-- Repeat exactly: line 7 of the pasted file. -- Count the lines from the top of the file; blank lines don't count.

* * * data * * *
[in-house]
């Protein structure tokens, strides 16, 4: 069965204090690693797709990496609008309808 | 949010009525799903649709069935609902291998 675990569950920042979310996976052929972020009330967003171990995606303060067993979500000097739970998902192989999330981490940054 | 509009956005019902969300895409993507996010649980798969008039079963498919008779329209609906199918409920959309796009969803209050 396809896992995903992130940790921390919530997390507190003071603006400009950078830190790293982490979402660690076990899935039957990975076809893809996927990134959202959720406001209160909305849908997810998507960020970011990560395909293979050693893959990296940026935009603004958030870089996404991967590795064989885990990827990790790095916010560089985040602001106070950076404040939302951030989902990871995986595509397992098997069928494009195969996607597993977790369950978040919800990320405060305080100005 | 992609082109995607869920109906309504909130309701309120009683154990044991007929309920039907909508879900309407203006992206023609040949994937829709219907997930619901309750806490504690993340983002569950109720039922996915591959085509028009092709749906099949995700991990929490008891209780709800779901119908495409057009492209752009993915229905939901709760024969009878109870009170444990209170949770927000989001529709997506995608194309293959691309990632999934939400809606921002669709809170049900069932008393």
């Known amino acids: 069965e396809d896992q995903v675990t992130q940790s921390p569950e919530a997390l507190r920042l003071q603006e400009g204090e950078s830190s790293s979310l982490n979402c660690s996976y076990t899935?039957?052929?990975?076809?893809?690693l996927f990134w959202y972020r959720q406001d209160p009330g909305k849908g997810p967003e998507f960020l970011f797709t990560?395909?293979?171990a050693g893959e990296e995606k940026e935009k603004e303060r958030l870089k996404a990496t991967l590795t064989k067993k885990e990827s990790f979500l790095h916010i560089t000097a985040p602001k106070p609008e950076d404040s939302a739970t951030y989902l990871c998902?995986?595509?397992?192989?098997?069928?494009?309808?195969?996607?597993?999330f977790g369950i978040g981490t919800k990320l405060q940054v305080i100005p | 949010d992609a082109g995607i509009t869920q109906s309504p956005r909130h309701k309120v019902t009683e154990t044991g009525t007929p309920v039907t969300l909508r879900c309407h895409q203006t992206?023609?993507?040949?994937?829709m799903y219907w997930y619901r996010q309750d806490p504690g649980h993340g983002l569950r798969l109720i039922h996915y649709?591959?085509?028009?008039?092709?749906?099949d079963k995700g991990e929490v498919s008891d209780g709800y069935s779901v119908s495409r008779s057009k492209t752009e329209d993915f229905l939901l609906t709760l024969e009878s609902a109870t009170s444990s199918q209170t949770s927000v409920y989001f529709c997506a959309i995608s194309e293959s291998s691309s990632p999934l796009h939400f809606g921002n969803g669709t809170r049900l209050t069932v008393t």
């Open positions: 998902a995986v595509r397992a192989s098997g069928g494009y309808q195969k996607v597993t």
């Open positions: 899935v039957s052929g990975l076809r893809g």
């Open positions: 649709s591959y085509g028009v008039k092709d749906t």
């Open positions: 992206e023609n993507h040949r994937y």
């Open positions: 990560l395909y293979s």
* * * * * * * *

């Open positions: 992206e023609n993507h040949r994937y």